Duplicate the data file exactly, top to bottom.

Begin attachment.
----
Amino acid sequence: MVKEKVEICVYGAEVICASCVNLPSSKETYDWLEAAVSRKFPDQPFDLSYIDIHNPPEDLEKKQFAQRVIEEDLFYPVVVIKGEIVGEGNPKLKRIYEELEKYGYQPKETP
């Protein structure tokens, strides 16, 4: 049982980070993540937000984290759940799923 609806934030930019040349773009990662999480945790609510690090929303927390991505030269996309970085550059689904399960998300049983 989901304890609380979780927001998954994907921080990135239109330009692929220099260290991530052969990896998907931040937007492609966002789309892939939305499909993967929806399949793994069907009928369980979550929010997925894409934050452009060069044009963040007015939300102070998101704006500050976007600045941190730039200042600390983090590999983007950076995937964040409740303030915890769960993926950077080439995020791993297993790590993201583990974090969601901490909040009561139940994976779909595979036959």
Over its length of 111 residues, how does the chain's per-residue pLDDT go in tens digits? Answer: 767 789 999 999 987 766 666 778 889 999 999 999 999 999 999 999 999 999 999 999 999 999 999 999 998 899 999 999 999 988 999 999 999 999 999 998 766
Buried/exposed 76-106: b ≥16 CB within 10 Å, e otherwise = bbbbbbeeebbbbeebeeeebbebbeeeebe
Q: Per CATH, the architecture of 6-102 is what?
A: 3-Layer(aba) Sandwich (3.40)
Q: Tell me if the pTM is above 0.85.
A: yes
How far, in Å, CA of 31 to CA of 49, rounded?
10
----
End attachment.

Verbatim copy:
Amino acid sequence: MVKEKVEICVYGAEVICASCVNLPSSKETYDWLEAAVSRKFPDQPFDLSYIDIHNPPEDLEKKQFAQRVIEEDLFYPVVVIKGEIVGEGNPKLKRIYEELEKYGYQPKETP
């Protein structure tokens, strides 16, 4: 049982980070993540937000984290759940799923 609806934030930019040349773009990662999480945790609510690090929303927390991505030269996309970085550059689904399960998300049983 989901304890609380979780927001998954994907921080990135239109330009692929220099260290991530052969990896998907931040937007492609966002789309892939939305499909993967929806399949793994069907009928369980979550929010997925894409934050452009060069044009963040007015939300102070998101704006500050976007600045941190730039200042600390983090590999983007950076995937964040409740303030915890769960993926950077080439995020791993297993790590993201583990974090969601901490909040009561139940994976779909595979036959």
Over its length of 111 residues, how does the chain's per-residue pLDDT go in tens digits? Answer: 767 789 999 999 987 766 666 778 889 999 999 999 999 999 999 999 999 999 999 999 999 999 999 999 998 899 999 999 999 988 999 999 999 999 999 998 766
Buried/exposed 76-106: b ≥16 CB within 10 Å, e otherwise = bbbbbbeeebbbbeebeeeebbebbeeeebe
Q: Per CATH, the architecture of 6-102 is what?
A: 3-Layer(aba) Sandwich (3.40)
Q: Tell me if the pTM is above 0.85.
A: yes
How far, in Å, CA of 31 to CA of 49, rounded?
10